All EMS Trained on Alternative Way to Administer Epinephrine

Drug shortages often leave patients frustrated, but they also force our first responders to get a bit creative. Epinephrine is a life-saving drug used for severe allergic reactions.

It is still in short supply across the country. Most of us are familiar with Epipens to administer the medicine, these are also in shortage. But you don’t need the auto-injector to save a life. To better deal with the obstacles the shortages are creating, the department of health is training all their first responders on a different way to give the medicine.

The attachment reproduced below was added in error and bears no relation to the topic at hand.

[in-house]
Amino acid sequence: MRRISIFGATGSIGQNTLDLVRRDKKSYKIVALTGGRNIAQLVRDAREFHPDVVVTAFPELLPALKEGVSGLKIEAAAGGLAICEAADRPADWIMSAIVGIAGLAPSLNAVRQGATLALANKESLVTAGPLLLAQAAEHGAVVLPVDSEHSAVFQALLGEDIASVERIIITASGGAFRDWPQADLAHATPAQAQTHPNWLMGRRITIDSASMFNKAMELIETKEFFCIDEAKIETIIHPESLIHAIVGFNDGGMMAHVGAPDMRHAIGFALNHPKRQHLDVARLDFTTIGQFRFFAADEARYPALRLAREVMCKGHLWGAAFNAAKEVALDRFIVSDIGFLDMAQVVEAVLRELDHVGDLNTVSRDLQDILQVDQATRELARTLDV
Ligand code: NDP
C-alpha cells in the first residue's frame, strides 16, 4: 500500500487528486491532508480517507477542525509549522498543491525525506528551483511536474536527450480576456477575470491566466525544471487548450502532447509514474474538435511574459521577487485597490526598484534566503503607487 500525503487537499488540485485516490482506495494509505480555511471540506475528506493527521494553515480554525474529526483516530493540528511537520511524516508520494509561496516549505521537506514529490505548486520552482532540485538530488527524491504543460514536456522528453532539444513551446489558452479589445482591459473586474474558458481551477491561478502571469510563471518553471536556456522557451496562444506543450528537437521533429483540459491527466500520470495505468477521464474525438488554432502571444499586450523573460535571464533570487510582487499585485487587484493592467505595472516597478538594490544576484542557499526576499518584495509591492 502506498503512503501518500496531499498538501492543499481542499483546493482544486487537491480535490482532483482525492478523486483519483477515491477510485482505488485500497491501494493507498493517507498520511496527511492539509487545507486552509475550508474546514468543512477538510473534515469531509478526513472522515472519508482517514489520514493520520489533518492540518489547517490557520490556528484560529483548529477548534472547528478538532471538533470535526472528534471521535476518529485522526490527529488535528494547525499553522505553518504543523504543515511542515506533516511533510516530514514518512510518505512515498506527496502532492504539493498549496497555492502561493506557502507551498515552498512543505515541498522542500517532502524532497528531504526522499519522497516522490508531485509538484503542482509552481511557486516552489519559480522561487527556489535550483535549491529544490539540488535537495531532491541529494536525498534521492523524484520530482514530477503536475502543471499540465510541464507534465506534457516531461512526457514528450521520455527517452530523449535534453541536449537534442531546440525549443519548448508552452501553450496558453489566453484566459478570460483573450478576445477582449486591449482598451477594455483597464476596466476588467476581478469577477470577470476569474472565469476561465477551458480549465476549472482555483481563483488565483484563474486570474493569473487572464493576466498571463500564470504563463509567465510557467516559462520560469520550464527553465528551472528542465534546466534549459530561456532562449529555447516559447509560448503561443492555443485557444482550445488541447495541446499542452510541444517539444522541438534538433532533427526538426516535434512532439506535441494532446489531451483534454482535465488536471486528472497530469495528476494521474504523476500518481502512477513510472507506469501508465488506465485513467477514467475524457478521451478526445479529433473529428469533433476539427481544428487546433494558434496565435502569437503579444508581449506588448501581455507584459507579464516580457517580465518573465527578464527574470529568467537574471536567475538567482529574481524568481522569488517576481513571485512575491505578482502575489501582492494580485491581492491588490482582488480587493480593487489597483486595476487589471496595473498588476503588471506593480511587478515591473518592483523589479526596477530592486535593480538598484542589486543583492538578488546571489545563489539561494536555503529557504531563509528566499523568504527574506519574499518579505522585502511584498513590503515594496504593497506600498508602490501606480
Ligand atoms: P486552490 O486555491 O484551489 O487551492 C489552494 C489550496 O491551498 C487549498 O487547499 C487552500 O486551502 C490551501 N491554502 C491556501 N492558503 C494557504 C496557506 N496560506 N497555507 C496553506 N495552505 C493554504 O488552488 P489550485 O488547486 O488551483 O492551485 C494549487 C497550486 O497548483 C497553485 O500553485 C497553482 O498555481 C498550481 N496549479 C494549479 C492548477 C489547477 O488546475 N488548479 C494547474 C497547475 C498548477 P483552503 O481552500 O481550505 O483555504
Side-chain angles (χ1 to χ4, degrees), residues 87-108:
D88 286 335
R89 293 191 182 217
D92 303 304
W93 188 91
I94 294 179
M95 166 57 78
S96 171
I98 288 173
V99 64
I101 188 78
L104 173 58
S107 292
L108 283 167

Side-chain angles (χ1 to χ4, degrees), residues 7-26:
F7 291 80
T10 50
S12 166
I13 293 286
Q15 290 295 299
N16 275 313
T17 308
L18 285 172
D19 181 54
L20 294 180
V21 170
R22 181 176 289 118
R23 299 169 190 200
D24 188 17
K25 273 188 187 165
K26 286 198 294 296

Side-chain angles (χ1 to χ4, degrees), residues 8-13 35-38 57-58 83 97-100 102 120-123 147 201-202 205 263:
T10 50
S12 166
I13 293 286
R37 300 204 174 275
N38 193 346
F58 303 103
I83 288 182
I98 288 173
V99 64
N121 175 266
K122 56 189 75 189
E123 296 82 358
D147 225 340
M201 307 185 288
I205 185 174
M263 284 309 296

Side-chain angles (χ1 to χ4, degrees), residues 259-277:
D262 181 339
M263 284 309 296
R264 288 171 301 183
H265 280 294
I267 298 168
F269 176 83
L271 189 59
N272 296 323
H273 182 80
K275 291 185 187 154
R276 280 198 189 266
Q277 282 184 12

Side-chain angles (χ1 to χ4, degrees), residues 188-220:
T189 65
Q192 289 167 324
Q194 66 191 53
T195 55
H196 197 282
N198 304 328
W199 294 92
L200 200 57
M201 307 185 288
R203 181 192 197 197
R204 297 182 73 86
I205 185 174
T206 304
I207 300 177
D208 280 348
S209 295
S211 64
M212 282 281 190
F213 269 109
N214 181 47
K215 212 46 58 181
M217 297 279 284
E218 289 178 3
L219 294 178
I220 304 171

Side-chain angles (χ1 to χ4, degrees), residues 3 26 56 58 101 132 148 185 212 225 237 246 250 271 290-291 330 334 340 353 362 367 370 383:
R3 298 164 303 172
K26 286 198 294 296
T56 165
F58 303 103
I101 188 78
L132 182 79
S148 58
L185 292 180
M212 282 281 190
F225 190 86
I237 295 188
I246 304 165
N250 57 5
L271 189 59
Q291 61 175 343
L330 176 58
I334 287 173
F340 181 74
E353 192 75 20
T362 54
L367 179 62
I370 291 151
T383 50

Chris Price; Director of Division of Emergency Medical Systems: “You draw up the injection with a needle, prepare the injection site. You’d give the injection much like you’d receive a flu shot, it’s a similar set up vesus the mechanical device that automatically provides the injection.”

EpiPens can cost anywhere from 400 to 800 dollars. By administering with a syringe and needle, it costs about 25 dollars.
 

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